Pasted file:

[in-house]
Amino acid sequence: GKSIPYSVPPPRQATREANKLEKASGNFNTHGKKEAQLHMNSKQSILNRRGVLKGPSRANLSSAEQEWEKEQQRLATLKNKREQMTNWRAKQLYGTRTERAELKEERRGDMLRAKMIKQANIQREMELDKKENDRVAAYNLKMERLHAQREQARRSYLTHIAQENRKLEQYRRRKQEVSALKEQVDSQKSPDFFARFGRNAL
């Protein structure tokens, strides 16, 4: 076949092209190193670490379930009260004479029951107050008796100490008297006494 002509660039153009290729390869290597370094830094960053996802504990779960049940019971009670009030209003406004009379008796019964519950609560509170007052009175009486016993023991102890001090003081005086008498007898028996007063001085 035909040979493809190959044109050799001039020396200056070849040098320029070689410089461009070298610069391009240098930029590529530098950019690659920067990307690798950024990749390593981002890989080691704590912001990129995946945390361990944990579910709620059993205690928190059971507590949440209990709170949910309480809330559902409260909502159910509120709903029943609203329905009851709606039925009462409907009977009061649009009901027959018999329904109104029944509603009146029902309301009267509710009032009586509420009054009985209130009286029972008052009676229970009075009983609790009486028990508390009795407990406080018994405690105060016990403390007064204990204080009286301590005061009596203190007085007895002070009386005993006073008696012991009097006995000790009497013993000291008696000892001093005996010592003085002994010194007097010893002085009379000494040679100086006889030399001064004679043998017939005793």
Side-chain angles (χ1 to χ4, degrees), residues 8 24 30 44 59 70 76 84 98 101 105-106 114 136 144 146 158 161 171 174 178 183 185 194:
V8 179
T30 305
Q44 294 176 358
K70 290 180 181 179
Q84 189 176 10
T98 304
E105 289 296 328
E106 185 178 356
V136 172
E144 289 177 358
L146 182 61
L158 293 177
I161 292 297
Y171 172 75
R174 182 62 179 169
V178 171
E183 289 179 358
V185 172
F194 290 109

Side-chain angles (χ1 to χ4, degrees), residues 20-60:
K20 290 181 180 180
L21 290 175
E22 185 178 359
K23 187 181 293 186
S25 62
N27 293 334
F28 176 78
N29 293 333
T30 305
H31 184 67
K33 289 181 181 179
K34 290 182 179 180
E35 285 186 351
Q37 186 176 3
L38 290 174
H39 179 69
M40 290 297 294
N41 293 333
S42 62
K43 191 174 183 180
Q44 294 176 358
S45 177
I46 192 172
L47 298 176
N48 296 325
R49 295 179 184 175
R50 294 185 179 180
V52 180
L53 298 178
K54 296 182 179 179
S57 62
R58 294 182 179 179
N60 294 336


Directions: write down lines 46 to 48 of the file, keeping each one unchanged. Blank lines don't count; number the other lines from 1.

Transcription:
S45 177
I46 192 172
L47 298 176